You realise that we may not sell 1000 or 3000 copies, but after I sell my 300 copies, I get to keep all my money.

Self-publishing means you are 100% in charge of everything that happens in the book: investments and risks. 

Why did you choose to be self-published? Is it finance, the themes in the book, or mere preference?

I did not have any views about it before. I went to about four traditional publishers, who turned me down. They did it with the whole, “we’ll get back to you” and “we have a waiting list of about a year”. You know, the usual narrative. 

I looked into self-publishing then. It was more to prove a point than anything else. Ni kichwa ngumu tu (I was just hard headed). I didn’t do it because I thought it would work or that I would make money. No, no, no, no.  I just did it. I was like, “Okay, you do not want to publish my book, but do you think I can’t?”

As for finance, unless you are sure that KICD will pick your book (do not forget that these people have thousands and thousands of books, and you not only have to be excellent but lucky), self-publishing is the way to go. So I would say if you have a few thousand dollars, just go for self-publishing. First, it is instant gratification. You sell your book for 10 USD. It all goes into your pocket. You also learn more because you interact directly with your readers.  But most of us eat all the money when we sell our first books. You are totally excited, and your financial discipline is out the door. You will be shocked when there is a need to do a second edition or print out more copies. Overall, once you get the hang of things, I would advise you to go for self-publication. 

What do you regret about being self-published? What problems did you decide to bring upon yourself by jumping on the self-publication train?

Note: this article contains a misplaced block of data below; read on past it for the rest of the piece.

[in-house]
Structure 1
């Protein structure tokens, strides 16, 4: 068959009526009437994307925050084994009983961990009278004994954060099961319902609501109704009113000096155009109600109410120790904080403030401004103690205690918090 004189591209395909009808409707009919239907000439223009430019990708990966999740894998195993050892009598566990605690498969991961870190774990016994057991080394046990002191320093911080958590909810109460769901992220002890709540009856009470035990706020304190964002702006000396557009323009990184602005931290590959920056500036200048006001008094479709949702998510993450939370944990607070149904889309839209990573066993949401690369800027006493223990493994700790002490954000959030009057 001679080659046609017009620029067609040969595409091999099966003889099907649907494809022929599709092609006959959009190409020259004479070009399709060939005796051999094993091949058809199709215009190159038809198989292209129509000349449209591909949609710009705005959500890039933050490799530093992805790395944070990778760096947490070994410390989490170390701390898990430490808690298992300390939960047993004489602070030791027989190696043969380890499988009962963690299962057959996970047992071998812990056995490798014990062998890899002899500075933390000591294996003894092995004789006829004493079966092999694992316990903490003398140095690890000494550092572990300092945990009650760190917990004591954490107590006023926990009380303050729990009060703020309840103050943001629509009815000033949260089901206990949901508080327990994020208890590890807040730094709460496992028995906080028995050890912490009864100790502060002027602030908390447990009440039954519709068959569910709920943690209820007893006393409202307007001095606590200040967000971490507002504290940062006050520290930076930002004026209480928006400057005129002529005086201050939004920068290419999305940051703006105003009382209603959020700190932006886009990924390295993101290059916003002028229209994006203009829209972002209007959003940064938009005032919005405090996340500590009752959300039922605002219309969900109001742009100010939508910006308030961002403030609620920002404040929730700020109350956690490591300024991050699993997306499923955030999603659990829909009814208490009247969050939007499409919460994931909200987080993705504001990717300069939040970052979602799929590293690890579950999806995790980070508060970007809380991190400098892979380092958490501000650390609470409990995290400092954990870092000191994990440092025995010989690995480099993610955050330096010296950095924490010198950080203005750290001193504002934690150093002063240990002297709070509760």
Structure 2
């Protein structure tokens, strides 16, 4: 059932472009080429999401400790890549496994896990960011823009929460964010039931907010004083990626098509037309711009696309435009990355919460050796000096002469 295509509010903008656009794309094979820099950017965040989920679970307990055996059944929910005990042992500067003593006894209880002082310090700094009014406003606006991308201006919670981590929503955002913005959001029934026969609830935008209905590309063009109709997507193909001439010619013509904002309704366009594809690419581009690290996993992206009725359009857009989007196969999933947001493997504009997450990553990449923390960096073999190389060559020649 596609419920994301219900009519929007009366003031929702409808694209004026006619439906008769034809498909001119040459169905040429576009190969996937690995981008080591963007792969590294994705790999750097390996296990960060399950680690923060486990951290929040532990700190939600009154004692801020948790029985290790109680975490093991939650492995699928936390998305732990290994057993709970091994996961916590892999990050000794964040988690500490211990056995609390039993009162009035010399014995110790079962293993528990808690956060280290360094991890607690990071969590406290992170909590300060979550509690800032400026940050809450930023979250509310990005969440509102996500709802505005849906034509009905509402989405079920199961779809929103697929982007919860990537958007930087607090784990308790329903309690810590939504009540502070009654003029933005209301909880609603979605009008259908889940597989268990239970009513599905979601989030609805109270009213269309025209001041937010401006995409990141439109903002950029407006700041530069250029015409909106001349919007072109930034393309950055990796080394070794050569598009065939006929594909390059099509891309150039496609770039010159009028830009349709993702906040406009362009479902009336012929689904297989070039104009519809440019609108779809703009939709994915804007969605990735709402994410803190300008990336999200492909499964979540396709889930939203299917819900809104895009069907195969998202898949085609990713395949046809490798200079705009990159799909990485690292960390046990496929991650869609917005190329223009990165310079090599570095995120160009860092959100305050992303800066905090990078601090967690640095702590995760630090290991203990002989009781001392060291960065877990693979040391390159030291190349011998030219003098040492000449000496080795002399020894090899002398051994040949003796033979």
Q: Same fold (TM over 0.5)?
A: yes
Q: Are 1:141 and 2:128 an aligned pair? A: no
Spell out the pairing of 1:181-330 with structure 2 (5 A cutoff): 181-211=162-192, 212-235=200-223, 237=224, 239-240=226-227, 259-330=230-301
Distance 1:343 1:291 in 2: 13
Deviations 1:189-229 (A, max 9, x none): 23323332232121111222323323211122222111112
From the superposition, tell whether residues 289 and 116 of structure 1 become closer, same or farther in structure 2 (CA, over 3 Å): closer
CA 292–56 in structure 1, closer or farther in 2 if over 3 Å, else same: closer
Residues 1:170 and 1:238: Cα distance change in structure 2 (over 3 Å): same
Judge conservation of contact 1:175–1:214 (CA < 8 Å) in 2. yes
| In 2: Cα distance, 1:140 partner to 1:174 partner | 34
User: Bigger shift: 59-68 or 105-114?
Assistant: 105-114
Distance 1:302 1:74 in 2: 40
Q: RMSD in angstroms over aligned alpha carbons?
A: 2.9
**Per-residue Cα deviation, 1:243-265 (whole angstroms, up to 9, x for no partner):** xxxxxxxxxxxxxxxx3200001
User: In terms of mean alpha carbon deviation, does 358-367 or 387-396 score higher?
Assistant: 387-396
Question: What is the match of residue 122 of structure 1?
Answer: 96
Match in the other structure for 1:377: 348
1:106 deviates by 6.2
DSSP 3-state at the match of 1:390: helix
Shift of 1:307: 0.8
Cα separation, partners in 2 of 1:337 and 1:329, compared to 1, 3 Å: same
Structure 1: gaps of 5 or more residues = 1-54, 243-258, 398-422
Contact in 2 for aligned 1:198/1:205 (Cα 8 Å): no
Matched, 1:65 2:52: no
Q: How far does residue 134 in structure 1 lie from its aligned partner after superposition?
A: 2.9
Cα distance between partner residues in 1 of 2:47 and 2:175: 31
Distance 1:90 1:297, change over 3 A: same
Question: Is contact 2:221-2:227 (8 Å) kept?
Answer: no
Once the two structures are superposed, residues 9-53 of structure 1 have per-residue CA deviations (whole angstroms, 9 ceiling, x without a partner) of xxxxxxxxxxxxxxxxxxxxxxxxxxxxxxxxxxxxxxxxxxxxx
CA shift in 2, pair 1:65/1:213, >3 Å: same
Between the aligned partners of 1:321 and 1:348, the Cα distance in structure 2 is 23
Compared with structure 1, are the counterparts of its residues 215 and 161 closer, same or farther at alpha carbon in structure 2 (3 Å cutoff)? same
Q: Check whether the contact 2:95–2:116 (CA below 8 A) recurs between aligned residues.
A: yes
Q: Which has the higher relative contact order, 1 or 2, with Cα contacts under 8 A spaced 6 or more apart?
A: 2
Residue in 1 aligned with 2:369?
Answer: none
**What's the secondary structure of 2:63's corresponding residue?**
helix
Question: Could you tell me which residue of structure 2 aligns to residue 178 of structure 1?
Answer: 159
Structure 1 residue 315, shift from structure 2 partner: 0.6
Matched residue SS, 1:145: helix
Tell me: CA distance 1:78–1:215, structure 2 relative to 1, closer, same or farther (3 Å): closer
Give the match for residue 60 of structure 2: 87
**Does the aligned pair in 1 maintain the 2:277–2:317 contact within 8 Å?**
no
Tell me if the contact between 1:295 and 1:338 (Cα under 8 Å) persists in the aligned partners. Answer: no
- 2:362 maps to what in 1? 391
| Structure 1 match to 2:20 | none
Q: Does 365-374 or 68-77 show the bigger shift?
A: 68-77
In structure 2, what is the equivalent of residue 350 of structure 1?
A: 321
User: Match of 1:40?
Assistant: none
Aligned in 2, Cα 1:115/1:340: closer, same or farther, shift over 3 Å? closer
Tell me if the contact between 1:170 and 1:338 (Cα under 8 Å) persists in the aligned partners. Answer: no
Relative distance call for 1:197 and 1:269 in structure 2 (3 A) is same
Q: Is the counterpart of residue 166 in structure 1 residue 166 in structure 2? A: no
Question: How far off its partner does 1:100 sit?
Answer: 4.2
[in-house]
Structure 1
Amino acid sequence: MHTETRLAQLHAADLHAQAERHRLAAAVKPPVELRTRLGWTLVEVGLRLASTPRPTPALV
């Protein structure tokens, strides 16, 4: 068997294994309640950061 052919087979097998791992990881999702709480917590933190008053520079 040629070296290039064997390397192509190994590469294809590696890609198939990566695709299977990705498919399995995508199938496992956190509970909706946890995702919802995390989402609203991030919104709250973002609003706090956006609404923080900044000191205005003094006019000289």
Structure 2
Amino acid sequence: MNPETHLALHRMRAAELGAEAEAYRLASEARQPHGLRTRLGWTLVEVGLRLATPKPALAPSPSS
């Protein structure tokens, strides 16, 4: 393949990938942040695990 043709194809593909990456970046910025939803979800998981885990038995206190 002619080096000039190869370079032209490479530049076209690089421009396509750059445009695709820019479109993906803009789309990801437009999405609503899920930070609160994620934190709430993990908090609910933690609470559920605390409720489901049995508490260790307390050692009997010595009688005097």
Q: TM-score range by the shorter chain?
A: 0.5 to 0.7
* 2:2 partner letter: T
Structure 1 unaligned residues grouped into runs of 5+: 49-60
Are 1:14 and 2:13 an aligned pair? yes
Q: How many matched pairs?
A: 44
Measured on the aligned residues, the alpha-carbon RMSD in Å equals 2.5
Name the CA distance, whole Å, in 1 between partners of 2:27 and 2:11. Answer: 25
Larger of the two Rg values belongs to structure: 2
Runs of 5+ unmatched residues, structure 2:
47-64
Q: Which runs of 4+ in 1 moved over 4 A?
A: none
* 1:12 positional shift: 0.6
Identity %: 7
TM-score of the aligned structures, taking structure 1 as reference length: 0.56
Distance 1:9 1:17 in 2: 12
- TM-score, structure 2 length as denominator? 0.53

I have no regrets at all. But, of course, there are things I learned along the way as well.   

Sometimes you try to save money, so you skip out on some of the steps, like including an editor.  Like, I remember my first book was so badly done. I did not get an editor, and the worst thing you can ever do as a writer is to try to edit your own work. Because the devil is who he is, you only get to see the errors after the book is out, and you are like, “Oh my God! How did I even miss that? It is right there in my face”. We try to save money, so you cannot blame us. 

There is also the audience bit. If you do not have a good following on social media networks such as Facebook, you might have a harder time accumulating a market. I already had a name by the time I published my first book. It was a bit easier to break into the market. So you see, you have about 500 copies of books, and you sold about 50 to relatives, and then you are like, okay, what do I do with the 450? It breaks your heart. It is character development. It is just how it is though. Sometimes your books do not move as fast as you think they should. It should not kill your desire to write. 

With my first book, someone got a hold of my book and started selling the counterfeit version. But then, come to think of it, on these streets, you can find Michelle Obama’s book on these streets, and you are very sure it is not from the original publisher. So this is not a problem unique to just self-publishing. 

What creative freedoms do you experience as your own publisher that you think would be revoked if you were traditionally published?

This actually came later on as a realisation. Traditional publishers censor your language a lot. They do not allow me to use words like I would like to. I, personally, am a user of curse words. I want my characters to say words like  “fuck you.” I want to write the whole word and not put asterisks. I want to describe a man and use the word “penis” instead of “privates.”  I do not think people should be ashamed of saying these things. They are just body parts, like the nose.  We had discussed the African thing—Tunajifanyanga like these conservatives (we pretend to be these conservatives), which is not true. 

I like my style of writing. I want to write about things that happen in society.  I will write about philanderers, homosexuals, lesbians, and prostitutes. These characters are pretty much ignored because no one wants to be seen as someone who writes about ”dirty” things. Most people will tend to look at it like I am encouraging their children to emulate these people, but again, freedom of expression. I wanted that freedom, and I have it through self-publishing. 

After this, I am ready to get as creative and liberal as I want in my next manuscript. I hope this helps any aspiring author to look into the option of self-publishing. As I said, we’ve got ourselves a trusty guide for navigating the self-publication sphere. Her books are proof of the creative licence she enjoyed being her own boss.